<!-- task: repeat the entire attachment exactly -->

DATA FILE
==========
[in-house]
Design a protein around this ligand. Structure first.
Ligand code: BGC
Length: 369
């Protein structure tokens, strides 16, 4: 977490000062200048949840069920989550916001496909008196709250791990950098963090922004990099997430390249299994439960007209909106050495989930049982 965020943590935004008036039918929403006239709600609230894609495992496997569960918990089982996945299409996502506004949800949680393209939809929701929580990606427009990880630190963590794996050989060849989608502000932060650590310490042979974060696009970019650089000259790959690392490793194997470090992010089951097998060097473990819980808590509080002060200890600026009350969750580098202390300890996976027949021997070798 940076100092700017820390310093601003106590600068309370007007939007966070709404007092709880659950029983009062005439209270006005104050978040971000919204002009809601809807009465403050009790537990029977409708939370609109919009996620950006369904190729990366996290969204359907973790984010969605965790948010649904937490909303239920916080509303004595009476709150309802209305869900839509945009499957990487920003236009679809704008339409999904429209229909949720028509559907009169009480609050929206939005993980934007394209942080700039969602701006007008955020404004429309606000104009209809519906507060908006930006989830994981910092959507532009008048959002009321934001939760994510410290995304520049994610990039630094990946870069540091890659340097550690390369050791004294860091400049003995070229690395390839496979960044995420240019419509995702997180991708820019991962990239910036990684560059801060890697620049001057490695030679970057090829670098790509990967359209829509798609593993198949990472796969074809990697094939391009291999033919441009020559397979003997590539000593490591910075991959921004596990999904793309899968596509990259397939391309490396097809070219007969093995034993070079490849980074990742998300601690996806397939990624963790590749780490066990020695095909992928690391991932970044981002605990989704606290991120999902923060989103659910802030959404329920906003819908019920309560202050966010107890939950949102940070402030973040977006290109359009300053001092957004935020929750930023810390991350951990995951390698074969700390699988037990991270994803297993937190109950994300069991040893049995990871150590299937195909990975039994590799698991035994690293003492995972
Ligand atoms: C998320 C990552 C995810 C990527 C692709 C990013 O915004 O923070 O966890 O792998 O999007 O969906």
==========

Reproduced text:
[in-house]
Design a protein around this ligand. Structure first.
Ligand code: BGC
Length: 369
């Protein structure tokens, strides 16, 4: 977490000062200048949840069920989550916001496909008196709250791990950098963090922004990099997430390249299994439960007209909106050495989930049982 965020943590935004008036039918929403006239709600609230894609495992496997569960918990089982996945299409996502506004949800949680393209939809929701929580990606427009990880630190963590794996050989060849989608502000932060650590310490042979974060696009970019650089000259790959690392490793194997470090992010089951097998060097473990819980808590509080002060200890600026009350969750580098202390300890996976027949021997070798 940076100092700017820390310093601003106590600068309370007007939007966070709404007092709880659950029983009062005439209270006005104050978040971000919204002009809601809807009465403050009790537990029977409708939370609109919009996620950006369904190729990366996290969204359907973790984010969605965790948010649904937490909303239920916080509303004595009476709150309802209305869900839509945009499957990487920003236009679809704008339409999904429209229909949720028509559907009169009480609050929206939005993980934007394209942080700039969602701006007008955020404004429309606000104009209809519906507060908006930006989830994981910092959507532009008048959002009321934001939760994510410290995304520049994610990039630094990946870069540091890659340097550690390369050791004294860091400049003995070229690395390839496979960044995420240019419509995702997180991708820019991962990239910036990684560059801060890697620049001057490695030679970057090829670098790509990967359209829509798609593993198949990472796969074809990697094939391009291999033919441009020559397979003997590539000593490591910075991959921004596990999904793309899968596509990259397939391309490396097809070219007969093995034993070079490849980074990742998300601690996806397939990624963790590749780490066990020695095909992928690391991932970044981002605990989704606290991120999902923060989103659910802030959404329920906003819908019920309560202050966010107890939950949102940070402030973040977006290109359009300053001092957004935020929750930023810390991350951990995951390698074969700390699988037990991270994803297993937190109950994300069991040893049995990871150590299937195909990975039994590799698991035994690293003492995972
Ligand atoms: C998320 C990552 C995810 C990527 C692709 C990013 O915004 O923070 O966890 O792998 O999007 O969906």